Letter from Thomas Manning, on board the "Thames", 29 May-9 August 1806

Scope and Content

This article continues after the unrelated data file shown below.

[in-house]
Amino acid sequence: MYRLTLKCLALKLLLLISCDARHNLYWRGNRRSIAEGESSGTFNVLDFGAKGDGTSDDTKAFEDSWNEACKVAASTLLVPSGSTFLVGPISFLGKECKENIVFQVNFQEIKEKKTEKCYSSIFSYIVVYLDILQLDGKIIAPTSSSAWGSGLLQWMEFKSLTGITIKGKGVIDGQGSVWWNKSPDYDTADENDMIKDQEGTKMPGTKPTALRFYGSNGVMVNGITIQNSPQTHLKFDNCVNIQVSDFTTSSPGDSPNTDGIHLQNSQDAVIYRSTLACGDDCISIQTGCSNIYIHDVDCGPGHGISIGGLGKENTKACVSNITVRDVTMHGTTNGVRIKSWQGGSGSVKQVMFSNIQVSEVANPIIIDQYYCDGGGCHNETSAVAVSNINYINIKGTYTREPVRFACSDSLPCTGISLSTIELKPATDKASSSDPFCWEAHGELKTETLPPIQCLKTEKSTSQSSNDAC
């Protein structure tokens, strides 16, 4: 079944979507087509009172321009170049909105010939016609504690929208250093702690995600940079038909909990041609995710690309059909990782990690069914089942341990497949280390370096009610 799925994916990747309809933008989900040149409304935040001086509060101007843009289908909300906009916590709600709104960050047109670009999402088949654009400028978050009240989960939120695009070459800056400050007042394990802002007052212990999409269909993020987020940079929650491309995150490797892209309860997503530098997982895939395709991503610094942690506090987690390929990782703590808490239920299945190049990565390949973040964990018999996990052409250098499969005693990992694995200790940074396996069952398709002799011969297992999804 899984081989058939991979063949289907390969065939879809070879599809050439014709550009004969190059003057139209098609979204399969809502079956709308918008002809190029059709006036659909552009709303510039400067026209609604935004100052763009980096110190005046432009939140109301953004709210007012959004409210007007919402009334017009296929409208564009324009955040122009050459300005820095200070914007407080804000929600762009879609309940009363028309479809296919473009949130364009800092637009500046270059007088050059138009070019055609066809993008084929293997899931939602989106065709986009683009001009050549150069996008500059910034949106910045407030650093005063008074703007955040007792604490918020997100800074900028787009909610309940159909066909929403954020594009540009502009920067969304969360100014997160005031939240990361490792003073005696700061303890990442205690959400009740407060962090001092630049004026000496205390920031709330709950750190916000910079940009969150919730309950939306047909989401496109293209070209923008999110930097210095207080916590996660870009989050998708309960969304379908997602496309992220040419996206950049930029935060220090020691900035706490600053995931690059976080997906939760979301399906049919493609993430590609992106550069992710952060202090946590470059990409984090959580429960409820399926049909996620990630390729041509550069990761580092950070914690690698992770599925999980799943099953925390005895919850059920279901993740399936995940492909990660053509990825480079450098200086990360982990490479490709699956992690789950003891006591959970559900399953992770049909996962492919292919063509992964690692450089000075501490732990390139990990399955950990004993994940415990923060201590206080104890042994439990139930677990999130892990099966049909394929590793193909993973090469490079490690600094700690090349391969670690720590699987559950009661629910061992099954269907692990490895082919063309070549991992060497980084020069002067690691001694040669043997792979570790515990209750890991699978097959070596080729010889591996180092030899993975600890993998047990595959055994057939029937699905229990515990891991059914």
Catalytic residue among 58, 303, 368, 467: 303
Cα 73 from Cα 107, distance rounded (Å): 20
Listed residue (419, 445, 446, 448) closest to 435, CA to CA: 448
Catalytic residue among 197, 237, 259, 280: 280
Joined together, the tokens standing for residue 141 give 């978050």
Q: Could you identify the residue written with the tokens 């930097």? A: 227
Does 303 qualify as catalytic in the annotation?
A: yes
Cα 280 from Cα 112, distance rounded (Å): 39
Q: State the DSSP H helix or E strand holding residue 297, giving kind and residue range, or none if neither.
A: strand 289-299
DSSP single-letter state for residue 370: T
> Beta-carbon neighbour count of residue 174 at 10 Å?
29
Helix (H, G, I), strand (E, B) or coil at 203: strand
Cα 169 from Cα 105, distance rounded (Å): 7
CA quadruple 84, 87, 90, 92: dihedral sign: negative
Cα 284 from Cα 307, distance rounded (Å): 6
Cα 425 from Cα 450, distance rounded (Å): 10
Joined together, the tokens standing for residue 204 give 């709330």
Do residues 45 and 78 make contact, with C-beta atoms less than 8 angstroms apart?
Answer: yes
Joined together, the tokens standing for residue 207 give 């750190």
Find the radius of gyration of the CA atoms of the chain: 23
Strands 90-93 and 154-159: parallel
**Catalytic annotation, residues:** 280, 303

Letter from Thomas Manning to William Manning from on board the Thames. On 29th May 1806 he writes that the Commodore has signalled that Madeira is in sight but they will not stop there which is disappointing in terms of fresh provisions and of sending letters. The sea agrees with him and after much reflection approves of the decision that he has made despite having to 'run away' from many friends who care much about him. He is growing his beard after asking permission from the ladies; is getting on well with the other passengers despite the greater part being "decidedly below par in point of education & information". The Thames is part of a convoy of about 30 ships which make a fine sight but means they sometimes have to wait for those lagging behind. The letter continues on 11th June, 1806 when they had sighted some ships which seemed to be bearing the French colours and so preparations were being made to fight. However they turned out to be English and therefore Thomas hoped they might take letters. Letter continues again on 24 July Lat 32 south, Longitude 11 West - a week off the Cape, and though they will not stop some of their convoy will. The weather has been good and he has seen flying fish in abundance along with sharks, dolphins, sword fish and has seen whales spouting. The Captain and his wife have changed cabins and Manning has their old one. He writes on 28th July that letters are called for but Manning recovered this one from the post on August 9th to say they had landed at False Bay (South Africa) 3 days previously. Handwritten, 4 sides. dated 29 May - 9 August, 1806